Noah Bookbinder, executive director of Citizens for Responsibility and Ethics in Washington, tells Rolling Stone that this is the first time that the courts forced a major dark-money group to open its books after running afoul of the nation’s campaign finance laws. “There has been this history of abuse post-Citizens United where a lot of these groups have been spending the vast majority of their money to influence politics, which is not something you’re allowed to do without registering as a political committee and disclosing your donors,” he says. “We’ve finally gotten to a place where the law was enforced.”
Bookbinder also notes that Hensel Phelps Construction, which has received billions of dollars in government contracts over a period of decades, gave $2.9 million to Americans for Job Security in 2010. At the very least, Bookbinder says, the disclosure of Hensel Phelps’ donations shows how companies with a direct financial stake in government policy have tried to influence the lawmakers who shape that policy while leaving the public in the dark.
Dark-money groups have poured nearly $1 billion into U.S. politics since 2010, according to the Center for Responsive Politics. The biggest spenders range from the NRA’s Institute for Legislative Action, the U.S. Chamber of Commerce, and the Koch-backed Americans for Prosperity on the right end of the political spectrum to Majority Forward and the League of Conservation Voters on the left. The data show that right-leaning dark-money groups have outspent left-leaning ones in the past four election cycles.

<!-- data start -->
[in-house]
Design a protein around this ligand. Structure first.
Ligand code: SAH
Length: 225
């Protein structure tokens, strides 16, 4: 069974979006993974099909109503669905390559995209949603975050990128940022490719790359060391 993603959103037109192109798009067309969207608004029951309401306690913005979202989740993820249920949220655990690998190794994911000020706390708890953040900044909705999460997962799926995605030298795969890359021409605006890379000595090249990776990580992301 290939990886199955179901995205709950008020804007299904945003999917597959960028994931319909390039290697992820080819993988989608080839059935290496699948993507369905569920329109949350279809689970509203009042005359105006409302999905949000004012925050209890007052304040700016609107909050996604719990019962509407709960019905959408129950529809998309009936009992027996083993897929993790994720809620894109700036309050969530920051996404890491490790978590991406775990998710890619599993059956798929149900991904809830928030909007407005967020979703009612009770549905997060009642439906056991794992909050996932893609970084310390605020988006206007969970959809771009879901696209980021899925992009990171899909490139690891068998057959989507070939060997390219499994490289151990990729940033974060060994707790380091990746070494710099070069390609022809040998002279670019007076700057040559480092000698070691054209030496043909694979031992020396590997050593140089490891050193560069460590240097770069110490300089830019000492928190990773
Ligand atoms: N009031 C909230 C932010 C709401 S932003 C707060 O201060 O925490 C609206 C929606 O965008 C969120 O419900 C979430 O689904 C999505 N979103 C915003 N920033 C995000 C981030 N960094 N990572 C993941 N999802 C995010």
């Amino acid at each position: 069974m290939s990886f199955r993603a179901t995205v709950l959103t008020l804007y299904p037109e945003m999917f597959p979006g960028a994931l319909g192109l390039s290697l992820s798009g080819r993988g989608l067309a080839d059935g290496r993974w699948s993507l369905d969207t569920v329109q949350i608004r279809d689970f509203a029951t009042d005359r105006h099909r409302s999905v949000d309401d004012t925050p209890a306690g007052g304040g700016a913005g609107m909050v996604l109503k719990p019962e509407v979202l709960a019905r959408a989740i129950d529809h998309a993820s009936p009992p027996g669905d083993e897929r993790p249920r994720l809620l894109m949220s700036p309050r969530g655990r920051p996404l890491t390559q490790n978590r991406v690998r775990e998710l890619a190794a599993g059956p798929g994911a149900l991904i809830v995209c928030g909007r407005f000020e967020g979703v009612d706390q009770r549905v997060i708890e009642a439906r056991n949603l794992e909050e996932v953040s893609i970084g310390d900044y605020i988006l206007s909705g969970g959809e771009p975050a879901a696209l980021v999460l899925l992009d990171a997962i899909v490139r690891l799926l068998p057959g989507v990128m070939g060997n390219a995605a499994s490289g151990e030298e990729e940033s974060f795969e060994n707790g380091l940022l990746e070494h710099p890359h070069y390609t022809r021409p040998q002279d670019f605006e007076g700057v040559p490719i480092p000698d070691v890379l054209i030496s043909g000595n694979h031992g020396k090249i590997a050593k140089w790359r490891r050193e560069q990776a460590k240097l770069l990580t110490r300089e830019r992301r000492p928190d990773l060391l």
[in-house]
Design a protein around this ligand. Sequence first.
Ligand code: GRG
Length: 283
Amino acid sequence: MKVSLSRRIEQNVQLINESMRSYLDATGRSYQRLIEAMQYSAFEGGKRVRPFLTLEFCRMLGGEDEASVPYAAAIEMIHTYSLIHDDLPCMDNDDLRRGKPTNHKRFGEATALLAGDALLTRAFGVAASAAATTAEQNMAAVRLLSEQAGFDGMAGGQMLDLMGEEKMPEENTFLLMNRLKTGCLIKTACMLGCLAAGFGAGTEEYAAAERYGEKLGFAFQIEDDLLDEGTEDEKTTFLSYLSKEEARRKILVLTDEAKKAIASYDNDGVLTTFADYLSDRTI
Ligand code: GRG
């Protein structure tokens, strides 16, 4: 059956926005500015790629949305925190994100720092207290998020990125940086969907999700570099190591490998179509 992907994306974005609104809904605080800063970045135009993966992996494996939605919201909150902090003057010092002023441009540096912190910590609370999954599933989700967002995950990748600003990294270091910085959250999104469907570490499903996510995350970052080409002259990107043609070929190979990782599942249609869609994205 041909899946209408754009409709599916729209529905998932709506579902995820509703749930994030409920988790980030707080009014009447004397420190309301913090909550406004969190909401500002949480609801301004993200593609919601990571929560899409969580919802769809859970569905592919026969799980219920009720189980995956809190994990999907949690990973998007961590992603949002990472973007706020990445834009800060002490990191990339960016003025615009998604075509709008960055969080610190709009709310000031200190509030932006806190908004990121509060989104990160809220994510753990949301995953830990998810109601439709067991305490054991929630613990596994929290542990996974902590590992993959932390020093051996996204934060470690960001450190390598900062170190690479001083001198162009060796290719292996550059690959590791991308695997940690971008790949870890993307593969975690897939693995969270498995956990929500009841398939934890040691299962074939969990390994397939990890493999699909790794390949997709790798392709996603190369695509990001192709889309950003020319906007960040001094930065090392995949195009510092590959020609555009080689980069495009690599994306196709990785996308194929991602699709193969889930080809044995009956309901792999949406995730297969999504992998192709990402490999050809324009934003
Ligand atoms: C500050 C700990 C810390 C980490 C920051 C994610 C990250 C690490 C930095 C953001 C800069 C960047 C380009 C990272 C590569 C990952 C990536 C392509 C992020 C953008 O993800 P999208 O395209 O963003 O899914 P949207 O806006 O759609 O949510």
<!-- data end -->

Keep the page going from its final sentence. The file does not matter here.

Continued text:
Neil Reiff, a campaign finance lawyer who represents candidates and nonprofit groups, says he expects CREW’s legal victory over Americans for Job Security to serve as a cautionary tale for other dark-money outfits. “If the courts are moving the goalposts, I think people running outside groups are going to take notice — absolutely,” Reiff says.
To stem the tide of dark money, Democratic lawmakers have introduced multiple bills but each one of those has languished in the U.S. Senate under Majority Leader Mitch McConnell. Earlier, this year all 47 Senate Democrats threw their weight behind the For the People Act, a package of anti-corruption reforms similar to those passed by the Democratic-controlled House. McConnell has blocked that legislation as well.
Rep. Jason Crow (D-Colo.), a freshman member, introduced the End Dark Money Act as his first piece of legislation, which would reverse a Republican decision to defund the IRS’s efforts to dark-money nonprofit groups more transparent to the public. Crow says the influence of unlimited and undisclosed campaign money is an issue that comes up in town halls and constituent meetings but also among his colleagues in Congress who fear retribution from anonymous donors if they step out of line if they defy the president or the party leadership.
“Regardless of whether we’re talking about health care, gun violence, or climate change, so much of this goes back to the corrupting influence of money in politics,” Crow tells Rolling Stone. “We’ve got to clean up that system. These dark-money groups are a huge component of that.”